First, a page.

Oracle Analytics Cloud combines BI and Big Data crunching with embedded SaaS applications
At the company’s OpenWorld event in San Francisco, Oracle outlined its aim to dominate the world of cloud-based analytics with the unveiling of Oracle Analytics Cloud. The company claimed the new offering would free up valuable IT resources, enabling businesses to ensure security and maintain control over their information architecture.
Analytics Cloud provides a collection of analytics services to enable data analysis for cloud, on-premises and Big Data sources. The platform provides mobile access to allow customers to access and analyse their data wherever they may be, with no additional development required.
Ticking the boxes
Oracle said that the platform is also fully scalable and easy to use and install because it is built on current Oracle business intelligence (BI) and database technologies.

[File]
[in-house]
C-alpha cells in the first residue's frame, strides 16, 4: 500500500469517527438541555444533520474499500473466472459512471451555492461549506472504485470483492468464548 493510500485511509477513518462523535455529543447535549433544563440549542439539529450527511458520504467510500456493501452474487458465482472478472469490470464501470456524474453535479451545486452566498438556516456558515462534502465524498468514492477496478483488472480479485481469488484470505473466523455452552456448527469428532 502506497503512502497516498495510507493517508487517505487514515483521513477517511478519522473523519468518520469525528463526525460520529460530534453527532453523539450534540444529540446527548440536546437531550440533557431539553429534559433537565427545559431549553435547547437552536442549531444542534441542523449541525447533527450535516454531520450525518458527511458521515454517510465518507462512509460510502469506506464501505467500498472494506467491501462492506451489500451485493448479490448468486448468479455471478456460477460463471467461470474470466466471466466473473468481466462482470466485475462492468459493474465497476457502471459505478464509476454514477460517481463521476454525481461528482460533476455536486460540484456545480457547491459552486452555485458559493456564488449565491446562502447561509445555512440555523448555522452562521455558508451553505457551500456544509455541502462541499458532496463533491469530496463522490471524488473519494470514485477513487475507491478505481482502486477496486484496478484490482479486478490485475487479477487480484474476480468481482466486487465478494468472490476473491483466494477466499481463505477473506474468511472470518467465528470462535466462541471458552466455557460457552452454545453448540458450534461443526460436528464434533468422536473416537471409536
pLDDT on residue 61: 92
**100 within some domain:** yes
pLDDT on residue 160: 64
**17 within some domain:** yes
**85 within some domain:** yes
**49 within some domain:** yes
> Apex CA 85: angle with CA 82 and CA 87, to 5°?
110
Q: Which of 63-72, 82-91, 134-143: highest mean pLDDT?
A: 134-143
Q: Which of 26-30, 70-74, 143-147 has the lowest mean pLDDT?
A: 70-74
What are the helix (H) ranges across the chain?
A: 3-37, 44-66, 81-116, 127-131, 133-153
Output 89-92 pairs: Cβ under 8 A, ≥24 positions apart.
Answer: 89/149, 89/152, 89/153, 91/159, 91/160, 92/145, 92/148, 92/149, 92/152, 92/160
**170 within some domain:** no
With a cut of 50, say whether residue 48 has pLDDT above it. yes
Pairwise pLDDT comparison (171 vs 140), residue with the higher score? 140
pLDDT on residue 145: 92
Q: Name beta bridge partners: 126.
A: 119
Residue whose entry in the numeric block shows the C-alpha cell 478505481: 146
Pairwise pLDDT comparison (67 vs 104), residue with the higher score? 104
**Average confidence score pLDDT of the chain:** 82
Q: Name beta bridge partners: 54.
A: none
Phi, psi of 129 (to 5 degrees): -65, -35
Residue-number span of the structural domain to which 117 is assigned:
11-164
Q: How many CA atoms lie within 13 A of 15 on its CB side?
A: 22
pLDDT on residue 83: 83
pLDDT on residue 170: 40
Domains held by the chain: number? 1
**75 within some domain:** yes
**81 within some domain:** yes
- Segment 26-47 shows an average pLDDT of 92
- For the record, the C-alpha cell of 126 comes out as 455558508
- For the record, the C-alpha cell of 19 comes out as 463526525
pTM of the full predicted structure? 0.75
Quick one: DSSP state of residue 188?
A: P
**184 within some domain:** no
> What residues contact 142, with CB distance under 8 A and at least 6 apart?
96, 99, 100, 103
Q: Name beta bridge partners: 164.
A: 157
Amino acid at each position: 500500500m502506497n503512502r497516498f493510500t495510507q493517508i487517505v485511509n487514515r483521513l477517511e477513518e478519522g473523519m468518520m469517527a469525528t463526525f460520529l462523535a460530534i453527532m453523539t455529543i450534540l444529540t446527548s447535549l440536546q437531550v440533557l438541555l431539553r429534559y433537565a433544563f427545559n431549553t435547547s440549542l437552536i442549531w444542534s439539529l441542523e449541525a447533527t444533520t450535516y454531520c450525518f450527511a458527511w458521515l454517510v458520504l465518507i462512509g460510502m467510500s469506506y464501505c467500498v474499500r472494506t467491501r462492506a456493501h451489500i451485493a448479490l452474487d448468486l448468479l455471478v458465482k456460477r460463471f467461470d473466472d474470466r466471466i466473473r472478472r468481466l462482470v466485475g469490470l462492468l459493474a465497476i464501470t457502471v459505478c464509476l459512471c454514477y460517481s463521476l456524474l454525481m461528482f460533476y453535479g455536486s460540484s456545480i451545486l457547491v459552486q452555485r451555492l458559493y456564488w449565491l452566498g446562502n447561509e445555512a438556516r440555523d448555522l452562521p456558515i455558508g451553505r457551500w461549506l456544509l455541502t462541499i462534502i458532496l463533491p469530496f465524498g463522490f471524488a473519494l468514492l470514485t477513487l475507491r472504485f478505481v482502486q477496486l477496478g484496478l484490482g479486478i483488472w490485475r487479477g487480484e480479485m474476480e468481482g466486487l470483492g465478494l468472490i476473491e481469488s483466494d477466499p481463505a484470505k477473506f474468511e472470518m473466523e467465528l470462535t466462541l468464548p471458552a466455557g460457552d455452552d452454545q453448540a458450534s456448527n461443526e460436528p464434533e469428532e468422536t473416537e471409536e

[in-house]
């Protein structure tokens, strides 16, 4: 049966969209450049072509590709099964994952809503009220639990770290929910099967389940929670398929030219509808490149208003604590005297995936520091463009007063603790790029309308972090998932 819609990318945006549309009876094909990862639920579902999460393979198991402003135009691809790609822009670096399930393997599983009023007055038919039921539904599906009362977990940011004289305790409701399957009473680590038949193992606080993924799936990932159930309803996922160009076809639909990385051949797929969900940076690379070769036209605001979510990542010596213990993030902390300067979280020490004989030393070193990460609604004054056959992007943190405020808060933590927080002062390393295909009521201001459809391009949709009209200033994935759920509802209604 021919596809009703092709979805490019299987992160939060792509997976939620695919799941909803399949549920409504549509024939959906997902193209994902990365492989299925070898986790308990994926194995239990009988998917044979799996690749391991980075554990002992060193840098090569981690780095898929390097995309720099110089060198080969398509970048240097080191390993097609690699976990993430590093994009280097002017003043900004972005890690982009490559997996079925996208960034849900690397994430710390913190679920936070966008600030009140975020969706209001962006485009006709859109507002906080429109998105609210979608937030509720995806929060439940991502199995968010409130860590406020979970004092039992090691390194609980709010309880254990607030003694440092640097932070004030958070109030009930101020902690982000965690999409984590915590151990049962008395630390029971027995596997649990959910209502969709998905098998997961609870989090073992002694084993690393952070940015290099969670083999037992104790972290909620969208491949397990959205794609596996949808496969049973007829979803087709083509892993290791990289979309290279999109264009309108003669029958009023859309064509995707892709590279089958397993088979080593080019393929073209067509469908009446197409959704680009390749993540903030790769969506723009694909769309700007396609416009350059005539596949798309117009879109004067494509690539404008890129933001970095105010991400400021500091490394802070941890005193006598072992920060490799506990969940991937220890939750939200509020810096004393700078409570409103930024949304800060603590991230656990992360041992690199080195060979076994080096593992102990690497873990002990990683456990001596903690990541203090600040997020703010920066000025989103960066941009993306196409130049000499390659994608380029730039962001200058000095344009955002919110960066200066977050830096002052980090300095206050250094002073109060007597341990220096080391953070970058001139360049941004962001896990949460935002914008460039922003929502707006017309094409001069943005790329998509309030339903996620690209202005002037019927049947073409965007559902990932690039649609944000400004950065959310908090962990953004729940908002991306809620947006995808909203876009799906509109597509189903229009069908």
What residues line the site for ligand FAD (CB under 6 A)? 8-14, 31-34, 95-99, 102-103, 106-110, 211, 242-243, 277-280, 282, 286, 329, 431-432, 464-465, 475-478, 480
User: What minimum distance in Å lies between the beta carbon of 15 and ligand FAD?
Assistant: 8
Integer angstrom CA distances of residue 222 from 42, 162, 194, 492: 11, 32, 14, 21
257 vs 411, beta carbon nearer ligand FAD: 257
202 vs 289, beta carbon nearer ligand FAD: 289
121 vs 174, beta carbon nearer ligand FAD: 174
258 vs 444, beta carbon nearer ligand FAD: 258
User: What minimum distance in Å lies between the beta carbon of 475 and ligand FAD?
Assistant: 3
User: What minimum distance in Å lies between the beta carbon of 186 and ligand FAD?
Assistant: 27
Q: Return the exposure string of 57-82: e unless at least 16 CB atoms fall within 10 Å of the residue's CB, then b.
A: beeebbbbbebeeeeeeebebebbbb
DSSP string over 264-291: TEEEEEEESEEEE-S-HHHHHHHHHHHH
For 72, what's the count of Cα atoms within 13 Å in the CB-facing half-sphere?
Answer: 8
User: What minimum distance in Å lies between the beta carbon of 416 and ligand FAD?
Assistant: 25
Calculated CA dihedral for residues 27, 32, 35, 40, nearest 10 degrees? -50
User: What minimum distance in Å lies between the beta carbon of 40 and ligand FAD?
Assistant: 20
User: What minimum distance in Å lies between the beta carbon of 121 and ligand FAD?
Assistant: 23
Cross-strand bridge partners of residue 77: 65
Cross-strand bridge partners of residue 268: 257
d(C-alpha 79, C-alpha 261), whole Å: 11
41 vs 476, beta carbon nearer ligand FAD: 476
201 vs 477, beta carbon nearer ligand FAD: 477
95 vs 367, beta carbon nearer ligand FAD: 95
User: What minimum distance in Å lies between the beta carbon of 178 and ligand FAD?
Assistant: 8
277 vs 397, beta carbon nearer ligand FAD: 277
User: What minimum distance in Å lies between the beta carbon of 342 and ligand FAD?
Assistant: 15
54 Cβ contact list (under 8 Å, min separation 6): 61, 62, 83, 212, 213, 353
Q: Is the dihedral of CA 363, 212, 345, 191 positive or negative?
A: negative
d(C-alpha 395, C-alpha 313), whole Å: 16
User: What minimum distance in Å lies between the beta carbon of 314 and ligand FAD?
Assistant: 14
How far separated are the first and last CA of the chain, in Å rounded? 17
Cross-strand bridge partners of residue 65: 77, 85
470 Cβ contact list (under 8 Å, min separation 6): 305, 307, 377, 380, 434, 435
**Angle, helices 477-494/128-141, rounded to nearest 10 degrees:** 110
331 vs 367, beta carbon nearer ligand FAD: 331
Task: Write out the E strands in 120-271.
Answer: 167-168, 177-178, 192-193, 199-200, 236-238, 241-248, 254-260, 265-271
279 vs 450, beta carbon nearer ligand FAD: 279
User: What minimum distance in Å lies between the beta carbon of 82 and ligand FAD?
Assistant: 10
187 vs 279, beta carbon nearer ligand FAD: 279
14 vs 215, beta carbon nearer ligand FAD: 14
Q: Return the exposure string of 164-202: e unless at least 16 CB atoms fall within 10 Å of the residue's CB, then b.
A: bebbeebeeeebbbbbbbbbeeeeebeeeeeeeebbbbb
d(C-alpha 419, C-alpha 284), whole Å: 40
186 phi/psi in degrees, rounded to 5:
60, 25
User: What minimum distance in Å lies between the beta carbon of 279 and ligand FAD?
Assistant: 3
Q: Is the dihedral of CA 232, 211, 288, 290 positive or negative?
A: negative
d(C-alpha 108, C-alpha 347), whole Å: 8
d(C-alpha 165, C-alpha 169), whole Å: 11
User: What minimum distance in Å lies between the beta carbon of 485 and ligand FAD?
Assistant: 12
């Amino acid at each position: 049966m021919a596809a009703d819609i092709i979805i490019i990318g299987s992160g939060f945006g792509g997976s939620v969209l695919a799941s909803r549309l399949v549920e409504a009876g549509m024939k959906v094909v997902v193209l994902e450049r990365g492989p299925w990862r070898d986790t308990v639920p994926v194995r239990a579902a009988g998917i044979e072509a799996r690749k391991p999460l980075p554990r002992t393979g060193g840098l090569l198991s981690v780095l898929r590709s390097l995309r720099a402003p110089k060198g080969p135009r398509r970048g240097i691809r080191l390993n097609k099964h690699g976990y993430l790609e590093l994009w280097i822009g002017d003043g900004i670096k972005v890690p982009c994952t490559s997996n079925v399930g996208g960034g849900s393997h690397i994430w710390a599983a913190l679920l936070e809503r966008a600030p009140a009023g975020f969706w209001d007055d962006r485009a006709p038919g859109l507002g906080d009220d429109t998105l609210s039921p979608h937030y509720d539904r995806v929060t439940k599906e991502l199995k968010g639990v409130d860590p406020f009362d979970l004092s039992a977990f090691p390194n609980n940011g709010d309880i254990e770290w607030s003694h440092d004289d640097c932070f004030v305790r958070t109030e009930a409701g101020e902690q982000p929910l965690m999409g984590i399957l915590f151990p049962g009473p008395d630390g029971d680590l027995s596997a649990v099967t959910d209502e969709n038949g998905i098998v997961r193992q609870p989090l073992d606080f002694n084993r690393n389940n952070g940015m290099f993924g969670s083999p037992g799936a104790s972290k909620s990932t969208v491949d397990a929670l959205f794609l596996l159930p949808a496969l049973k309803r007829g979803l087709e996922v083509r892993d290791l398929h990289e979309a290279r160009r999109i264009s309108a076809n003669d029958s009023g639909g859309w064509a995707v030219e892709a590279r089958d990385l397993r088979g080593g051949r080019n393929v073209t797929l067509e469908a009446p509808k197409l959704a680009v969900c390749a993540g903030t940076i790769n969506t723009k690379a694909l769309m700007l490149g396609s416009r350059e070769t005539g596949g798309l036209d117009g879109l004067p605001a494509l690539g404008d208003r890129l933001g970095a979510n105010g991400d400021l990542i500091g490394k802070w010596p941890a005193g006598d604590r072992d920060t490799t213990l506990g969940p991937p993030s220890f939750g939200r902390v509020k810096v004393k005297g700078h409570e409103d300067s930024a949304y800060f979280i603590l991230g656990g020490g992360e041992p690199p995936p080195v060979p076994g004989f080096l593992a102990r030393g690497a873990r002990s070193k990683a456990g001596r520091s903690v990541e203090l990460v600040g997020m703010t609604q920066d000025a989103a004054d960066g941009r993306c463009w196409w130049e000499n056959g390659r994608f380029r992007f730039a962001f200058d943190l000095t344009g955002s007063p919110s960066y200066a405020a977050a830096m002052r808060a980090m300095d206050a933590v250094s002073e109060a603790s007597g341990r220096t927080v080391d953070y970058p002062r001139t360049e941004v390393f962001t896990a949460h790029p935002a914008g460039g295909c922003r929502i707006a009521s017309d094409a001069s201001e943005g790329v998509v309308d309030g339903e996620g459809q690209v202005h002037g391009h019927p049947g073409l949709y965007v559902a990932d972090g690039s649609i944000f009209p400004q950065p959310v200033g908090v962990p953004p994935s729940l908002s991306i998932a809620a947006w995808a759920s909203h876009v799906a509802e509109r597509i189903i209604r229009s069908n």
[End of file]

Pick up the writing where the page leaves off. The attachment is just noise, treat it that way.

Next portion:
This release has been influenced by several factors, the company added, including the rapid adoption of software-as-a-service (SaaS) applications, accumulation of data at “unprecedented” rates, and growing preference for cloud-based IT deployments.
“Data gravity is moving to the cloud, driven by the rapid adoption of SaaS applications and accelerating preference for cloud-based IT deployments. The need for cloud-based analytics has increased as a result,” said Balaji Yelamanchili, senior vice president for analytics and performance management products at Oracle. “With today’s announcement, Oracle is first to fulfill a gap in the market, offering Oracle Analytics Cloud, a comprehensive portfolio of analytics offerings with millions of users already leveraging it. The comprehensive BI and Big Data analytics capabilities in the cloud will empower companies to find and exploit new insights to drive their organisations forward.”
OpenWorld marks Oracle’s first event since founder Larry Ellison stepped down as CEO to become CTO after 37 years at the helm. Ellison has been replaced by two CEOs, Safra Catz and Mark Hurd, the latter of which had long been viewed as a possible successor to Ellison. Last year, Hurd, who joined Oracle in 2010 after being forced to resign from his executive post at HP, was also touted as a potential replacement for Steve Ballmer at Microsoft.